Participants with baseline capillary blood glucose levels lower than 7.8 mmol/L (measured by OneTouch® system, Lifescan, Johnson & Johnson, S.A., Madrid), and not receiving treatment for diabetes, underwent a standard oral glucose tolerance test (OGTT) with 75 g of glucose dissolved in 200 ml of water. In this way, fasting and 2 h venous samples were obtained (8 to 10 hours fasting samples were obtained between 8:30am and 10:00 am in gel tubes suitable with a vacuum blood extraction system), the samples were allowed to stand for 30′. After centrifugation, the serum was separated from the clot and frozen (in cross-sectional study) or refrigerated (in follow up). All samples were analyzed in the same central laboratory after shipment through a specialized courier (Cerba International Laboratory in Barcelona) in the cross-sectional study, and the General Laboratory of the Hospital Regional Universitario of Malaga in the follow-up). In both stages, glucose was determined by the hexokinase enzymatic method, total cholesterol by cholesterol oxidase enzymatic method, HDL cholesterol by direct method, triglycerides by glycerol phosphate oxidase enzymatic method, LDL cholesterol was calculated by Friedewald formula. HbA1C by high-performance liquid chromatography (analyzer ADAMS A1C HA-8180V, ARKRAYR) were measured only in follow up study.
The samples were deposited in the Biobank of the Hospital Regional Universitario de Malaga-IBIMA, which belongs to the Andalusian Public Health System Biobank, and the biorepository CIBERDEM managed by IDIBAPS Biobank (Barcelona, Spain).
In follow up, people who did not want to fully participate in the complete study were asked to take a short survey in order to collect information about the drugs they were taking (to determine the existence of clinical diabetes, hypertension or dyslipidemia in treatment), if they were on some type of diet, and self-reported weight.
Assessment of outcomes in follow up
Incident diabetes was defined as fasting serum glucose equal or higher than 7 mmol/L or 2 hour post load serum glucose equal or higher than 11 mmol/L or HbA1c equal or higher than 6.5% (47.54 mmol/molHb) or use of glucose-lowering medication at the follow-up examination36. “Known diabetes” was established when the subject reported having diabetes and/or being treated with diabetes drugs.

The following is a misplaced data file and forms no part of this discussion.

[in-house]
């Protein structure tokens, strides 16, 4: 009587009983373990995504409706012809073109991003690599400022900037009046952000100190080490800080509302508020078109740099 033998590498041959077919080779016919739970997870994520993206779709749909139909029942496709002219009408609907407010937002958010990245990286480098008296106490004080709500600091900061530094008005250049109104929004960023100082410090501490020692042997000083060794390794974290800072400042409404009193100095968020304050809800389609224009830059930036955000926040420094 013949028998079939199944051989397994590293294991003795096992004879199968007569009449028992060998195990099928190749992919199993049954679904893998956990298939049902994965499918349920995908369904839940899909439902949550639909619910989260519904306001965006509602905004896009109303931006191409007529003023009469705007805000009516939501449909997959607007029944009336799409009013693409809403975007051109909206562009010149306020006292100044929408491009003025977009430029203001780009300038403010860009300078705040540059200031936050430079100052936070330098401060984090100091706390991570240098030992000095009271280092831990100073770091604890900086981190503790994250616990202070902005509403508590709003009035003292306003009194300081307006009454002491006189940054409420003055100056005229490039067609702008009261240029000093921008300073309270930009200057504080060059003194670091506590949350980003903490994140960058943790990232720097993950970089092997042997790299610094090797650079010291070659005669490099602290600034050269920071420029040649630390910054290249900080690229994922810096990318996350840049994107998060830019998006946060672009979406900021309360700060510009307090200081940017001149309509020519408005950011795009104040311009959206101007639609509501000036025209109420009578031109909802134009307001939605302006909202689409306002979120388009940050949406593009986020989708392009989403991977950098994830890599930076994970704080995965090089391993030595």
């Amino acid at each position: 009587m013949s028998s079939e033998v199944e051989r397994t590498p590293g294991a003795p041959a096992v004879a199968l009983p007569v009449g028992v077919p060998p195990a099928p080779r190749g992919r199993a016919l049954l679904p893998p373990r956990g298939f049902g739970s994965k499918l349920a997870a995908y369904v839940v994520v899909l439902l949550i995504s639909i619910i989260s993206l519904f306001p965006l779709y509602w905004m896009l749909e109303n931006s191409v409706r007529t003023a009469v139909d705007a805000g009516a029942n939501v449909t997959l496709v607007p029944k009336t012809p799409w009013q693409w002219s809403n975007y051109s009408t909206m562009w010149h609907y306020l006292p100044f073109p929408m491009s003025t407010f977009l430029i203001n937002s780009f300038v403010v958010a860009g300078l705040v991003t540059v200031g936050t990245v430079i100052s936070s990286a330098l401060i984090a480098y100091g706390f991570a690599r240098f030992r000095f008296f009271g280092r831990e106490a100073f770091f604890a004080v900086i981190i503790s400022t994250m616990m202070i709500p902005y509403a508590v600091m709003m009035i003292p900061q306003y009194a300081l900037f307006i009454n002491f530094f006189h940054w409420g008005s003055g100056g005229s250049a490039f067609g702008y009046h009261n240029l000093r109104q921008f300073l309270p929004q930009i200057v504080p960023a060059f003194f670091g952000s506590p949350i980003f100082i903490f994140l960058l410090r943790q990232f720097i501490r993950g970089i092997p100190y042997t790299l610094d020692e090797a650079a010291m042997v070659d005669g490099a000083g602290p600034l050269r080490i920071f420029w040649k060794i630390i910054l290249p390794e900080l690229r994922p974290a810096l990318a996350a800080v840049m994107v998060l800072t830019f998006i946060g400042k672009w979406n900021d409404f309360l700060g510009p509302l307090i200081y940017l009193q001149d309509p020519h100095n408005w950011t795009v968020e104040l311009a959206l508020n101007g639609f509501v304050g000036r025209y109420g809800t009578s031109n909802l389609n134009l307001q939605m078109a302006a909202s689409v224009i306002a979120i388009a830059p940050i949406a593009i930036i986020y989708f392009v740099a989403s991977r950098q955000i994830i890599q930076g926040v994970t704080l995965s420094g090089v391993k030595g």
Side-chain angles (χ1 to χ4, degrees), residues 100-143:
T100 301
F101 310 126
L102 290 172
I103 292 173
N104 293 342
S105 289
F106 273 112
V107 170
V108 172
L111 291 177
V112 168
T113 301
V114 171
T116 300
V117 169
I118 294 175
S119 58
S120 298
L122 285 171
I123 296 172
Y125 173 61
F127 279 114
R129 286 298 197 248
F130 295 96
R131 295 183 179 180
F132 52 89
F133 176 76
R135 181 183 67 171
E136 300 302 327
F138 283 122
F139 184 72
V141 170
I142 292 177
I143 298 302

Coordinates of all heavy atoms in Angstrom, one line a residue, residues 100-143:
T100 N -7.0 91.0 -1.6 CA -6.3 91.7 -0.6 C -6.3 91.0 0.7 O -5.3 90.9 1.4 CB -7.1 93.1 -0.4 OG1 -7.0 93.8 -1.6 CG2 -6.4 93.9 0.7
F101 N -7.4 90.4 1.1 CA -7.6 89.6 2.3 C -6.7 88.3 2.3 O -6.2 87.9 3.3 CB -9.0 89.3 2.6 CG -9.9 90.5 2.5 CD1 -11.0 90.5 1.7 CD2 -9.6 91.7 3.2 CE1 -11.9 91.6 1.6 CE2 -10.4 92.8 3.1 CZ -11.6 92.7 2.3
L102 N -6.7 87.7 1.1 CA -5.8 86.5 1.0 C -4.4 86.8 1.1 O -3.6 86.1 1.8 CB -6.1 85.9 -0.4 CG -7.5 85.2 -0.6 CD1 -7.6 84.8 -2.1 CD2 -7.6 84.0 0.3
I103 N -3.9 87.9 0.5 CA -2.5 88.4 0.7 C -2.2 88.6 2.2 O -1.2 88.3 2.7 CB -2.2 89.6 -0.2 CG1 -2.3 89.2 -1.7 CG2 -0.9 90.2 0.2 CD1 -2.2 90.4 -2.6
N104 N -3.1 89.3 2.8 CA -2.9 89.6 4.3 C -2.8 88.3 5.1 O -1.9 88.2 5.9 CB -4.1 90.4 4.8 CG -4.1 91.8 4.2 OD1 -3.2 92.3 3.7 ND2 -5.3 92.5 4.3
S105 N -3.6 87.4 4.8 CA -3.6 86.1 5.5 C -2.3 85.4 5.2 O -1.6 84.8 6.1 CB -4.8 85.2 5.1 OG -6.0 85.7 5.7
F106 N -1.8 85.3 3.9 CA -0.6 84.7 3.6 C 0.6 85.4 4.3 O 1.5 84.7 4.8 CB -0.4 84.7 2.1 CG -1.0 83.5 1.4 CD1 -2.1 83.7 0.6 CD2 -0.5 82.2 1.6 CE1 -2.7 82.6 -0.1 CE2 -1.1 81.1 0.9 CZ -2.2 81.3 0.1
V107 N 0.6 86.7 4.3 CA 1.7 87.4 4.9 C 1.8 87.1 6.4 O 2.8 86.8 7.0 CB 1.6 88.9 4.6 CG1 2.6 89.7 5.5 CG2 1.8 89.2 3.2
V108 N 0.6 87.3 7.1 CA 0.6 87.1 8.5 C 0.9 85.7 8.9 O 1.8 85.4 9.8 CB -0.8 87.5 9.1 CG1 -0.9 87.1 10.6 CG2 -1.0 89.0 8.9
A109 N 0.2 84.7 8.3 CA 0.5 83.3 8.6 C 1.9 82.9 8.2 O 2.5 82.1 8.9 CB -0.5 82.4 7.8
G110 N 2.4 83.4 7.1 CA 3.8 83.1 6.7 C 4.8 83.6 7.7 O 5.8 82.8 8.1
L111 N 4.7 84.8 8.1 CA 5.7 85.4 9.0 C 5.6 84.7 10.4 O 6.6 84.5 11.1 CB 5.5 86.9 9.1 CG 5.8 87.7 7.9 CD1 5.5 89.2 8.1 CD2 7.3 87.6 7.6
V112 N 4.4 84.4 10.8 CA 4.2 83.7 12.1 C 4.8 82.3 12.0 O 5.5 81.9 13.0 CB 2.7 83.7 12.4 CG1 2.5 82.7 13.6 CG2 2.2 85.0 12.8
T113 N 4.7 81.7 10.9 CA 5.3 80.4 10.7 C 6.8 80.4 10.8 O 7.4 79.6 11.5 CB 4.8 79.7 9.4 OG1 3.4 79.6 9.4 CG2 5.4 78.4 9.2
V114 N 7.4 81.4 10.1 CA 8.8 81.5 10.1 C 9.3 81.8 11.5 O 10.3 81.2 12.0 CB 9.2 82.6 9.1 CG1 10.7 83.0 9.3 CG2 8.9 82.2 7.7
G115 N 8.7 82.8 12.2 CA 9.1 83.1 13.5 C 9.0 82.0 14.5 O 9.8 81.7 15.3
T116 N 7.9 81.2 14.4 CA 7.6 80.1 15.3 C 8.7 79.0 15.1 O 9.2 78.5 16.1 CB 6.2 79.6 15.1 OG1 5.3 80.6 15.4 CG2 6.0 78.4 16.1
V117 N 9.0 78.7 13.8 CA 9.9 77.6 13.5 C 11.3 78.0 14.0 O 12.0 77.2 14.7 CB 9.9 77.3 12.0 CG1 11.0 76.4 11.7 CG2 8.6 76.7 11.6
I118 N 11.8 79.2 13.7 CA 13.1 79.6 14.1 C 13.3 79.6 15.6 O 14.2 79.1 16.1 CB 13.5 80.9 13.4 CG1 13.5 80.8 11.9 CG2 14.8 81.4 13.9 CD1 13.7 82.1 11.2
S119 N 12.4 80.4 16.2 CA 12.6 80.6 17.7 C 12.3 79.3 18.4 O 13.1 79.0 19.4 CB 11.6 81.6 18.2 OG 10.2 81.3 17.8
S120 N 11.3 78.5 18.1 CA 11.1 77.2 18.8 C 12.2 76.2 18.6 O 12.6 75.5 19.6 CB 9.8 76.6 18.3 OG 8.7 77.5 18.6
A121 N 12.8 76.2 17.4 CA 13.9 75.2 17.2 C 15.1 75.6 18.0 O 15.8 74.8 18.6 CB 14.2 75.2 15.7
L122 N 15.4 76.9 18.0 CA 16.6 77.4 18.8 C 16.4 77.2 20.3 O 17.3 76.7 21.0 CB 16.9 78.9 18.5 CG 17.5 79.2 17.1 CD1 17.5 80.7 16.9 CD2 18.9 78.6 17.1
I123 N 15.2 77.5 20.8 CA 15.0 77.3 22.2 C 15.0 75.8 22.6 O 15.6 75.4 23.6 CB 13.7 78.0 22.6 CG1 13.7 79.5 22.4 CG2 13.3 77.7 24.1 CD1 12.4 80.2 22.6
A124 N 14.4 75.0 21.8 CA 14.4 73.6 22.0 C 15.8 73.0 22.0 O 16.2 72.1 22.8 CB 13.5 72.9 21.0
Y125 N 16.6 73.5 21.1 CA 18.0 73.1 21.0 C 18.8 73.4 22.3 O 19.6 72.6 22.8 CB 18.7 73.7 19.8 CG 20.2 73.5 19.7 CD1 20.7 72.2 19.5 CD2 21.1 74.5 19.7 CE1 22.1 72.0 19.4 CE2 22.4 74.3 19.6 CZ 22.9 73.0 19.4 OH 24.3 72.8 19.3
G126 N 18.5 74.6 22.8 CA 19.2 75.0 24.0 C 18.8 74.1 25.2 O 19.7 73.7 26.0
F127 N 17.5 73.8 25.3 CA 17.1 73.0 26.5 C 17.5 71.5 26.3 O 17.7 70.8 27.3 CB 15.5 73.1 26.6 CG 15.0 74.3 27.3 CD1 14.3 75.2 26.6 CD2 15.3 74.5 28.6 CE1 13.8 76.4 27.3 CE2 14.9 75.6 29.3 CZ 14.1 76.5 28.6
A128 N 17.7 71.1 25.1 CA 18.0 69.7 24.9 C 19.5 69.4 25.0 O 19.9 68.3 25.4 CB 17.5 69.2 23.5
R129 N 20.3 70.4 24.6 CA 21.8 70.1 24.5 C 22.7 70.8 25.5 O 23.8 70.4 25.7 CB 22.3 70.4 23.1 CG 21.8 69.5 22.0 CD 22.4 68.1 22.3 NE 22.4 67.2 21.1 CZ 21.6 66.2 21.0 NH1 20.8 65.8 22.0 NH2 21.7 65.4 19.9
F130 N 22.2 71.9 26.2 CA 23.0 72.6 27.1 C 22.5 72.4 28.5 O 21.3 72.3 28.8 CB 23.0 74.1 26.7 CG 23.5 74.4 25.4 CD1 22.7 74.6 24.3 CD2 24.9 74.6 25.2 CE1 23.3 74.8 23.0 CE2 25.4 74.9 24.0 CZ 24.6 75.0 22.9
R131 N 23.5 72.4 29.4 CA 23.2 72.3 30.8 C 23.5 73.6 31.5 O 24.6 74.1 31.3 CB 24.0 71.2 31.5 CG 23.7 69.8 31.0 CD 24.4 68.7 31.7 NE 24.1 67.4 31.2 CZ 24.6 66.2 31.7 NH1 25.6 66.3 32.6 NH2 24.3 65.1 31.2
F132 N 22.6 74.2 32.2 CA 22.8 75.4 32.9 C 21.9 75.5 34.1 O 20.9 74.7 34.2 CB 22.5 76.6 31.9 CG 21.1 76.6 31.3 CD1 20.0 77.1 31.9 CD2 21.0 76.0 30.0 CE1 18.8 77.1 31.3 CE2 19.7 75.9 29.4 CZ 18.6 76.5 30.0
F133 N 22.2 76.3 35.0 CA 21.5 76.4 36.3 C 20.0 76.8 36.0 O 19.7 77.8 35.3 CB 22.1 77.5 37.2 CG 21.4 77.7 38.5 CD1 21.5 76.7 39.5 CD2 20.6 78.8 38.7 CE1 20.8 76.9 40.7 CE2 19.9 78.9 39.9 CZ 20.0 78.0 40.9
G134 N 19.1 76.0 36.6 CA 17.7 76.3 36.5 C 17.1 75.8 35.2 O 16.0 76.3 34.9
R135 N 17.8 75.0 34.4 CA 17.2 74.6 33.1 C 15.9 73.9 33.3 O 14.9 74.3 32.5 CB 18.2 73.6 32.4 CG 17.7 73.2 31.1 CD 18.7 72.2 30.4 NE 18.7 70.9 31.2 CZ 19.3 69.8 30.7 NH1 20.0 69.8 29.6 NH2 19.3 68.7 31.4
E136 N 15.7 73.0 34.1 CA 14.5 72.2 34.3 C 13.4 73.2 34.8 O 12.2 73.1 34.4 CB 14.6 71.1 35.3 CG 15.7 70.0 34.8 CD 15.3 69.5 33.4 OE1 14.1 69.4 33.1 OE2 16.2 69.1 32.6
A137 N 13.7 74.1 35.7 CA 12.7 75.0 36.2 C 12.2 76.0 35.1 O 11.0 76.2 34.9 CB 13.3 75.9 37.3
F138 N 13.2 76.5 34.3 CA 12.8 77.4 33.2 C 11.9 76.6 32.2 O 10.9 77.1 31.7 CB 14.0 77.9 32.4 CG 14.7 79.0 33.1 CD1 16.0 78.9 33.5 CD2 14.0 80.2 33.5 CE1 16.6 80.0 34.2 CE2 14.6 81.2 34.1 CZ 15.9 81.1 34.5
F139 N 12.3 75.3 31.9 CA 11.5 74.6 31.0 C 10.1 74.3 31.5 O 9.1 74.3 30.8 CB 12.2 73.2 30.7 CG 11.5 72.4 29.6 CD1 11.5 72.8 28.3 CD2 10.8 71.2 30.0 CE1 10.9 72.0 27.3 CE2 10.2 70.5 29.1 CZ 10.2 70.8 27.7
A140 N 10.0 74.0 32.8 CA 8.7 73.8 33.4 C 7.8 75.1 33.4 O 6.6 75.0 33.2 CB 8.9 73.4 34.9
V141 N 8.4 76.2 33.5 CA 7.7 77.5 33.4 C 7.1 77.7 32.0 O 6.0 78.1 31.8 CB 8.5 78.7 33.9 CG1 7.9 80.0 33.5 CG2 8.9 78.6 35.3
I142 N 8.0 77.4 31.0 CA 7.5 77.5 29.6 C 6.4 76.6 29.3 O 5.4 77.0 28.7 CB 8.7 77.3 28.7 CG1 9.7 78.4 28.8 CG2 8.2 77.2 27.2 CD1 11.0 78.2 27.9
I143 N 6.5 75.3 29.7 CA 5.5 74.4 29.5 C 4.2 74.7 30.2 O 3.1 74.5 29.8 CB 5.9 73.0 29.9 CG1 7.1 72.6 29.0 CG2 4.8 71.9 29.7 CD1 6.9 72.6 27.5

Main risk/exposure factors
The following variables from cross-sectional study were considered: first, glucose impairment category in the cross-sectional study: subjects were classified according to their blood glucose as having a normal OGTT or impaired fasting glucose (IFG) or impaired glucose tolerance (IGT), or both following Alberti and Zimmet37. Second, obesity (BMI equal or higher than 30 kg/m2) or overweight (BMI between 25 and 30 kg/m2). Third, central obesity presence defined as waist circumference >94 cm in men or >80 cm in women38.
Secondary exposure factors and potential confounders
The following variables from cross-sectional study were recorded: age, educational level (none, basic, high school or college), physical activity by the International physical activity questionnaire (IPAQ)39, smoking (current, ex- or never smoker), high blood pressure (blood pressure equal or higher 140/90 mmHg or receiving antihypertensive treatment), dyslipidemia (triglycerides were equal or higher 1.7 mmol/L or HDL cholesterol less than 1.03 mmol/L in men or less than 1.29 mmol/L in women or medication), and family history of diabetes (at least one first degree relative with diabetes). A qualitative food frequency questionnaire was administered face-to-face by a trained dietitian40. Annual frequency consumption of 50 food items was specified in 11 different categories as follows: never/seldom, 1 and 2–3 times/month, 1, 2–3 and 4–6 times/week and 1, 2, 3, 4 and >4 times/day, and a 14-point Mediterranean diet score was calculated.